The online magazine on the history and operation of vintage scale model trains in American OO gauge

Sunday, July 24, 2016

Modern Hopper Cars for American OO

One car type seen a lot in modern times is the covered hopper. Modern hoppers of all types (2, 3, or 4 bay) were never produced in OO scale.

To solve this problem, Bill Johann did a few conversions, including these two models seen here. One of these two hoppers is seen in a photo on Page 7 of the February, 1994 issue of The OO Road, where he briefly describes the conversion. At that time his note was: “Tyco 4 bay converted to OO, change made to trucks & couplers only.” In the text of the article itself he also notes in general that these “HO cars will look a little low and narrow with respect to a full sized OO car.”

The TYCO car involved is this one, seen here in the TYCO brown box website, but there are many similar models out there that could be used and certainly from the article Johann converted Athearn cars as well.

The interesting thing is he subsequently went back and worked on the car more. Note in the bottom view all the dates? The newest is 9-94, and he at that time converted both cars into three bay hoppers. This certainly gives it more of a scale look, as described in a prior article on another of his hopper conversions: “The key to this conversion was that the original three bay covered hoppers in the 1960s were under 4.500 cubic ft capacity and the newest ones today are over 5,000 cubic feet. This means that a very large HO covered hopper is a pretty good stand in for a small covered hopper in OO.”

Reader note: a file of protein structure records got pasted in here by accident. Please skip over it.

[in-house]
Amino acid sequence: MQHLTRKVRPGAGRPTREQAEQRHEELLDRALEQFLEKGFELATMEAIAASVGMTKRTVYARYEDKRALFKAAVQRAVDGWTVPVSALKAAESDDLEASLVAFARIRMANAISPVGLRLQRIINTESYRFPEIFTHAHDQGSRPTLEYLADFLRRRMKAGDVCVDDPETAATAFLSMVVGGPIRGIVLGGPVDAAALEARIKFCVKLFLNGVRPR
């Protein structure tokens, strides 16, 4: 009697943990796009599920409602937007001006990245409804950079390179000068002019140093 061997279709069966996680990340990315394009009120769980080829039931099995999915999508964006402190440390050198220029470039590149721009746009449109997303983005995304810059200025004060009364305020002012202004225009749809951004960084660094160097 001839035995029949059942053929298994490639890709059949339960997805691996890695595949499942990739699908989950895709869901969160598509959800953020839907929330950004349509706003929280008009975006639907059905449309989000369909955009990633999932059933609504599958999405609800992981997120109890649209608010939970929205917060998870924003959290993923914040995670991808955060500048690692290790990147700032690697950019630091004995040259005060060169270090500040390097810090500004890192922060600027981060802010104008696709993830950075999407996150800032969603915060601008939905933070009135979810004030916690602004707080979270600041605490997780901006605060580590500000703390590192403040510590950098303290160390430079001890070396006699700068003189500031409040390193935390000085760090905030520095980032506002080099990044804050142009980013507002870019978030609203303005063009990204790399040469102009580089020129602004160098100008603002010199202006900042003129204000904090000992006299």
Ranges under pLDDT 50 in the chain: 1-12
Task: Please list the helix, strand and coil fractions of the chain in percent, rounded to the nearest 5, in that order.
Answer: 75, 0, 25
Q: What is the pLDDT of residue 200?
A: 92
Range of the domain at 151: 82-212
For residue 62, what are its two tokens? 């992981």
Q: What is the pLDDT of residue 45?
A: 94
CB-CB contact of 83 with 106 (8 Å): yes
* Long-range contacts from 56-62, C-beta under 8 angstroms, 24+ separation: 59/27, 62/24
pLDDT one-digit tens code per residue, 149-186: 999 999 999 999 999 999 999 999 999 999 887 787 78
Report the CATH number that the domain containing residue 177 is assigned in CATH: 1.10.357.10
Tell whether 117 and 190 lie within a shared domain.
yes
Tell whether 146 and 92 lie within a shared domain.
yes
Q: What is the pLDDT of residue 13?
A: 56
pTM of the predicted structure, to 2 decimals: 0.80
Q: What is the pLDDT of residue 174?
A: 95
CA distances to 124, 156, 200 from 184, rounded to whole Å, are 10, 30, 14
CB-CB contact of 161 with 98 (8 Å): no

And these models I think prove that a very large HO four bay hopper will pass in a pinch for a somewhat smaller OO three bay hopper. These are nice cars I enjoy having on the layout, notable also for the nice decal lettering and weathering. The trucks are his HO conversion trucks described in this article.

I have another similar car, still in its four bay state, that given enough time it would be fun to convert into a three bay car. In the article he also proposes converting these cars into two bay hoppers, which look like a very viable conversion as well. It would however be tempting to do a more involved conversion to obtain a closer to full scale car with the post sides as seen on many covered hoppers -- those sides would be relatively easy to make with sheet plastic and shapes. In any case, these cars are one solution to the modern hopper problem, and one that it will be worth exploring.

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